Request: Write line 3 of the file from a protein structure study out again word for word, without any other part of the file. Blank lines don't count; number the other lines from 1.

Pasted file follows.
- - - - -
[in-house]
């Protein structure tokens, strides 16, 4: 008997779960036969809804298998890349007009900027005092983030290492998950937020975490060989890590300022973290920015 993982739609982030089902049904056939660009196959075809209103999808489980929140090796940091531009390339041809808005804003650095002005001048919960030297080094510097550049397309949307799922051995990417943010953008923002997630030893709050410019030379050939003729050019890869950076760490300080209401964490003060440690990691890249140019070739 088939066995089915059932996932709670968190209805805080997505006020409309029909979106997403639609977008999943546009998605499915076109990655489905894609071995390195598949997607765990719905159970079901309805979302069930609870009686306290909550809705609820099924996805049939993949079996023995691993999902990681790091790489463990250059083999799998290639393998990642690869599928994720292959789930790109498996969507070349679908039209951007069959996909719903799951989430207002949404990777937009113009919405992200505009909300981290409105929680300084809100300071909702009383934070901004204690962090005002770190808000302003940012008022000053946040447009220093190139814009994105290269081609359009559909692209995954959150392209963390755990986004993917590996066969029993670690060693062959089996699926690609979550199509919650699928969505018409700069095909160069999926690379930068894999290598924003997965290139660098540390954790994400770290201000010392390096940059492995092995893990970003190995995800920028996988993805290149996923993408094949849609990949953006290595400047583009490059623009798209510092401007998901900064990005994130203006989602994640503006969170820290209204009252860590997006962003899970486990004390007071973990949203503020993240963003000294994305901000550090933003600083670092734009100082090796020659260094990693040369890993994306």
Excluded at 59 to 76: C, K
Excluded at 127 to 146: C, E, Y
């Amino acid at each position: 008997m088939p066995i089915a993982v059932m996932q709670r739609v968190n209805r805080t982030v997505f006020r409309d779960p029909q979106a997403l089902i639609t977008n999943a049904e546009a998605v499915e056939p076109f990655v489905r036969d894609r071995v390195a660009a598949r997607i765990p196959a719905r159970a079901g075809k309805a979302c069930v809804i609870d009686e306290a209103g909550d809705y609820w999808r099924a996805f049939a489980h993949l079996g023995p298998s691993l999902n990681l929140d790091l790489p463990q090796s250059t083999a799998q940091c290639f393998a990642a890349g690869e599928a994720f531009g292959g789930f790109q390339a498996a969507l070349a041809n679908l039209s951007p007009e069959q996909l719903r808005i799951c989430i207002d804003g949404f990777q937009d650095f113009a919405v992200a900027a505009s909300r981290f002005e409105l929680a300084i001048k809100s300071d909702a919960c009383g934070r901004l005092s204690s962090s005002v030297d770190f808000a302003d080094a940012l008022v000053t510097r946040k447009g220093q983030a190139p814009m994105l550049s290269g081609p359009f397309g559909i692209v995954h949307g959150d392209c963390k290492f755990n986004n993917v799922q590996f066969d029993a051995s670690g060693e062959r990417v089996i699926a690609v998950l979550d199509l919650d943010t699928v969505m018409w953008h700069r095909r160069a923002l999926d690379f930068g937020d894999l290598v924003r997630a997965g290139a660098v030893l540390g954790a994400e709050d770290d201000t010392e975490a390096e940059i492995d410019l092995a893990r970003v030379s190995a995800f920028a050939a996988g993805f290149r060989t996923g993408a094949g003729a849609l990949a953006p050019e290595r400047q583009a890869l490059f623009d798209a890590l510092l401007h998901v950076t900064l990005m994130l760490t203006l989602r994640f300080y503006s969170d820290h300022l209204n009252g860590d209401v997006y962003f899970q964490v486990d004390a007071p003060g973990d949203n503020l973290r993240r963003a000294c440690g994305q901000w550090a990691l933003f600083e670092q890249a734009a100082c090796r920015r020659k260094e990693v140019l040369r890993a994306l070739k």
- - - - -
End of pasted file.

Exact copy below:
Excluded at 59 to 76: C, K